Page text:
Joens credits her calm mentality to growing up with her sisters. She said when you grow up with them, she didn’t really talk much [on the court], she just had to go out and compete.
“I don’t really think much about it,” Joens said. “It’s another basketball game.”
Another pair of players are coming off of their best games in Iowa State uniforms in Alexa Middleton and Kristin Scott. The two scored 15 and 21 points, respectively, in the team’s 91-82 win over Arkansas.
Middleton – a transfer from Tennessee – was recovering from a knee injury over the summer and hadn’t been conditioned to play as long as some of Iowa State’s starters. Though it seems like her play is ramping up.
“She’s starting to be more comfortable. She hadn’t played in 18 months. Most people can’t [come out and play amazing right off the bat],” Fennelly said. “I told her, ‘By Christmas, you’ll be okay.’ I think her schedule is a little bit ahead of that. You need good point guard play on the road, especially in a game like this.”
On the other side of things, right now, Kristin Scott is the sharp shooter coming off of the bench for Iowa State. Currently shooting at a team high 58 percent clip, Scott has been instrumental to Iowa State’s 6-1 start to the season.
“The challenge for both of those kids and more so probably for [Scott] is can you do it again? [Scott] has had really good games and then the next game is not so much. Having some level of consistency is always important for any team and any program. I think that’s [Scott’s] next challenge.”
Along with Scott, Iowa State’s two other post players will be ready to come in and show they have what it takes to tame Iowa and Gustafson.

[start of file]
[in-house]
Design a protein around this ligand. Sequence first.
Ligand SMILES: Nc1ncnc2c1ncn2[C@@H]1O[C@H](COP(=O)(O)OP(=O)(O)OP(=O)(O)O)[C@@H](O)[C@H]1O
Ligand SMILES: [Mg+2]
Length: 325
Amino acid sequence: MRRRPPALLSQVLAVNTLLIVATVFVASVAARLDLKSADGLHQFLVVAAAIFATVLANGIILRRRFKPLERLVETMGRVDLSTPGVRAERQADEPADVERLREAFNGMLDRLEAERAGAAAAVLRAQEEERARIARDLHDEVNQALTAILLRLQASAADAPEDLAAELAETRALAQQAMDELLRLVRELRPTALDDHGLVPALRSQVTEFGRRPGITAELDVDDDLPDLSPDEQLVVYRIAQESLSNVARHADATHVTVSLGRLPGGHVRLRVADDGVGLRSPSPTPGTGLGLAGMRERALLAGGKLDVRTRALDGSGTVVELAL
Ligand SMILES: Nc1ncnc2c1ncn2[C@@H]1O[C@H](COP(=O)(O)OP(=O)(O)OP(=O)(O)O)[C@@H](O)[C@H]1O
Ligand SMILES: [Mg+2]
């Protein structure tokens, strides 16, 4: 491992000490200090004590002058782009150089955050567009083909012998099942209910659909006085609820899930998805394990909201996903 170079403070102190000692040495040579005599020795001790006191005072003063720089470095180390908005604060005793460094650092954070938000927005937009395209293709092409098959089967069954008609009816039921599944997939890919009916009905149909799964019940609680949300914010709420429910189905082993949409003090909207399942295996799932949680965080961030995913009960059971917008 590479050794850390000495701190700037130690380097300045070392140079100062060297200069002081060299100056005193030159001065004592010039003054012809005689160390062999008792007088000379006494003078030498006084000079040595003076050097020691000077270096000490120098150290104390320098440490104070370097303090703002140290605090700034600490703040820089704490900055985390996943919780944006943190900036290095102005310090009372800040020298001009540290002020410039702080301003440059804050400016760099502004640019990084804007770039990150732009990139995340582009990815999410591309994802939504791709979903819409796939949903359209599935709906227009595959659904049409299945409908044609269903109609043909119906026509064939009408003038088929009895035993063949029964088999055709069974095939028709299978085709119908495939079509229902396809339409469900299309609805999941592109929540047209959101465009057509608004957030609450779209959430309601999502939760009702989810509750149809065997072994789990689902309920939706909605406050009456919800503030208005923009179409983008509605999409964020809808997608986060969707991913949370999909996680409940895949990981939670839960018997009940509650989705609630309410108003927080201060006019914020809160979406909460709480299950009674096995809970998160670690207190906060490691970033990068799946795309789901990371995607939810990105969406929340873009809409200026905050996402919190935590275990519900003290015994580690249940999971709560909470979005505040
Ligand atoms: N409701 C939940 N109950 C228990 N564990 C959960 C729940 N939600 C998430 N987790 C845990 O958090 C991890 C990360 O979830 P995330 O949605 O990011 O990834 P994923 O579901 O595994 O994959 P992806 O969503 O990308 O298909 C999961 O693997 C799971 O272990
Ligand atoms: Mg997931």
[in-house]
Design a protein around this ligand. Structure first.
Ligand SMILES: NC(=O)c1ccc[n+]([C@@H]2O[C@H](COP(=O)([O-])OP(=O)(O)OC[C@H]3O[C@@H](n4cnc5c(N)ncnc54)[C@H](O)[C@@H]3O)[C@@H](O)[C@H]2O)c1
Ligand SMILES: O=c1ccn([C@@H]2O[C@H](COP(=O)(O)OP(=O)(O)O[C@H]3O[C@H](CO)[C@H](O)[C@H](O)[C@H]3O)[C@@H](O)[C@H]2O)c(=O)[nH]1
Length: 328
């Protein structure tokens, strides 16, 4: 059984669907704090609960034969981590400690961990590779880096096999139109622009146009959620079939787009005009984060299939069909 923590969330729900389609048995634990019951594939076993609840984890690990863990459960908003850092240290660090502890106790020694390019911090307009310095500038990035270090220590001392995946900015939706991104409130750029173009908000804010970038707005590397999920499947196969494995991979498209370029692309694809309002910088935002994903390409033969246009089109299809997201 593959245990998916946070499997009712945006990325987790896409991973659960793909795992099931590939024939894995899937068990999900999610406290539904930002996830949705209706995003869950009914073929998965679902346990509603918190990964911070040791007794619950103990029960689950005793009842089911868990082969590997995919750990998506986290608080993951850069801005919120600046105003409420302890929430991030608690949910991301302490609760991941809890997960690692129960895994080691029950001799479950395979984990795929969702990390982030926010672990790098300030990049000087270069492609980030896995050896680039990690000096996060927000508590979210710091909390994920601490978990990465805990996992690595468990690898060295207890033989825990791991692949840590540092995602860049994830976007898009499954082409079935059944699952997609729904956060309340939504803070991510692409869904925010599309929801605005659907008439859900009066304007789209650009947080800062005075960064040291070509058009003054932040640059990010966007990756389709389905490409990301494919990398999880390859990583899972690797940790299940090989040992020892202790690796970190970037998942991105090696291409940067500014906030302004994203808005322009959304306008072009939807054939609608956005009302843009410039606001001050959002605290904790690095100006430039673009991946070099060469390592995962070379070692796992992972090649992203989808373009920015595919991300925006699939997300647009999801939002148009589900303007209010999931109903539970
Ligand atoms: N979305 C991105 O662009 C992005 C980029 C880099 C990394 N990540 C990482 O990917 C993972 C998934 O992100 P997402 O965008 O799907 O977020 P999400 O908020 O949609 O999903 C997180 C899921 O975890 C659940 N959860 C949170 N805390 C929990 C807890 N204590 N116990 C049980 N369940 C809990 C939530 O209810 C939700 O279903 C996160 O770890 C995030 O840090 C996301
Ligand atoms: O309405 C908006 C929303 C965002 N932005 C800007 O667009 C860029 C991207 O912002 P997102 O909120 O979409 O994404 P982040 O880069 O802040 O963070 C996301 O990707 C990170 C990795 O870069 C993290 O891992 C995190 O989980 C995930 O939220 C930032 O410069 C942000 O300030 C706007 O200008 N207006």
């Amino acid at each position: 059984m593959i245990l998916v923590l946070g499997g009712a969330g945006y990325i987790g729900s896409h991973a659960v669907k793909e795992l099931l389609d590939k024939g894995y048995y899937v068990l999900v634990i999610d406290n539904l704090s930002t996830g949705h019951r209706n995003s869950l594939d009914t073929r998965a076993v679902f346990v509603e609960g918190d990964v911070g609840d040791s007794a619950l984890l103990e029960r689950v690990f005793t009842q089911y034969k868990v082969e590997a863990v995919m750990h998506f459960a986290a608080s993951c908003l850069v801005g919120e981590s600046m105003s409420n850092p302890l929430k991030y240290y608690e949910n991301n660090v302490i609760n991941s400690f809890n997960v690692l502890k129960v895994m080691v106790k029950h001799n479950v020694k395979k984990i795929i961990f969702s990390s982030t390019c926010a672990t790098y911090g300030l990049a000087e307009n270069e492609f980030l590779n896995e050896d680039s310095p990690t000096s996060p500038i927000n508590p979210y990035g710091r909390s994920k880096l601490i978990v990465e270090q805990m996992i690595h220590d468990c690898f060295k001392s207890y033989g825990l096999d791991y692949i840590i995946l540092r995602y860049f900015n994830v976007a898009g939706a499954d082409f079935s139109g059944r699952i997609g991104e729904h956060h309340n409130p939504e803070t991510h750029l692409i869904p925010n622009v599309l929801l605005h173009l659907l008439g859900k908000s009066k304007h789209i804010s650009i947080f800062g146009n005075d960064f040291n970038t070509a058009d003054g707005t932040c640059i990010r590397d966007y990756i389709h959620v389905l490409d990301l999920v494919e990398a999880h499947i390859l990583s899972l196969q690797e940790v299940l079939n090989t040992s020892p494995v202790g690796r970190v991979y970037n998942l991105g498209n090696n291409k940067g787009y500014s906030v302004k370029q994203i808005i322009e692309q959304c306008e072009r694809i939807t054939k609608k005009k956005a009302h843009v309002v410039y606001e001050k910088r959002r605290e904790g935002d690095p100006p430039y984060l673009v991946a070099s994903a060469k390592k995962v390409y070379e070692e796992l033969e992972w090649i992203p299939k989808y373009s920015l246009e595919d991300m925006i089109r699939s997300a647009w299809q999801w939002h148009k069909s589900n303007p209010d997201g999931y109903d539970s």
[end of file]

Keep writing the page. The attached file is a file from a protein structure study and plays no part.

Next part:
Like they have in each game this season, Fennelly will roll with Scott and senior Inéz Nezerwa coming off of the bench with Urbandale native Meredith Burkhall starting at the post.
“It’s always been a big rivalry, whether it’s basketball or football, it really doesn’t matter,” Burkhall said. “Growing up, the Iowa-Iowa State game has always been a big deal.”
Fennelly said all three of them will play in the first quarter on Wednesday – something else he’s done each game this season – and see which of them has the hot hand.
“It gives us one extra body around the post, which we’ve kind of struggled with in the past.” Fennelly said. “All of those kids have worked really hard. They understand their role.”
Fennelly said that role includes his post players needing to try and draw [a foul] against a lot of post players that Iowa State is playing against. He said if they get a draw or even close to it, that’s going to help the team.
Iowa State currently trails in the Iowa Corn Cy-Hawk Series standings 7-6 with wins in women’s soccer and both men’s & women’s cross country. Iowa gained its wins in football, volleyball, and most recently wrestling.
The two teams will tip off tonight at 7:00 p.m. at Carver Hawkeye Arena. The game will be live streamed on BTN plus.
“You don’t know the play that’s going to change the game and you don’t know who’s going to make that play,” Fennelly said.